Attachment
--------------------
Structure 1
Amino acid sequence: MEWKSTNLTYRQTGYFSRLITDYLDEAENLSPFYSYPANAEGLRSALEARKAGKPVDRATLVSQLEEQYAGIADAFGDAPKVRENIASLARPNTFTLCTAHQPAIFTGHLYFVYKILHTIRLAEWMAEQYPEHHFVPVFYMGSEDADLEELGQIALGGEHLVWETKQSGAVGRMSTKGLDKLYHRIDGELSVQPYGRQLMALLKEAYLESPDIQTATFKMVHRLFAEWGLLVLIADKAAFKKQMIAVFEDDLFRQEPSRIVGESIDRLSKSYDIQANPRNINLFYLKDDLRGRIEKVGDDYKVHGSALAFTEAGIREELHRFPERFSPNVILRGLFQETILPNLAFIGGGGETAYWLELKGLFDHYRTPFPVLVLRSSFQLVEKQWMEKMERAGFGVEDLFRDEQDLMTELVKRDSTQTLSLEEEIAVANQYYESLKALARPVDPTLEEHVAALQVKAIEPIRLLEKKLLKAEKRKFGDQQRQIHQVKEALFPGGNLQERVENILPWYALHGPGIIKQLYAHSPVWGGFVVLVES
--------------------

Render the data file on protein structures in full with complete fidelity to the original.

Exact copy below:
Structure 1
Amino acid sequence: MEWKSTNLTYRQTGYFSRLITDYLDEAENLSPFYSYPANAEGLRSALEARKAGKPVDRATLVSQLEEQYAGIADAFGDAPKVRENIASLARPNTFTLCTAHQPAIFTGHLYFVYKILHTIRLAEWMAEQYPEHHFVPVFYMGSEDADLEELGQIALGGEHLVWETKQSGAVGRMSTKGLDKLYHRIDGELSVQPYGRQLMALLKEAYLESPDIQTATFKMVHRLFAEWGLLVLIADKAAFKKQMIAVFEDDLFRQEPSRIVGESIDRLSKSYDIQANPRNINLFYLKDDLRGRIEKVGDDYKVHGSALAFTEAGIREELHRFPERFSPNVILRGLFQETILPNLAFIGGGGETAYWLELKGLFDHYRTPFPVLVLRSSFQLVEKQWMEKMERAGFGVEDLFRDEQDLMTELVKRDSTQTLSLEEEIAVANQYYESLKALARPVDPTLEEHVAALQVKAIEPIRLLEKKLLKAEKRKFGDQQRQIHQVKEALFPGGNLQERVENILPWYALHGPGIIKQLYAHSPVWGGFVVLVES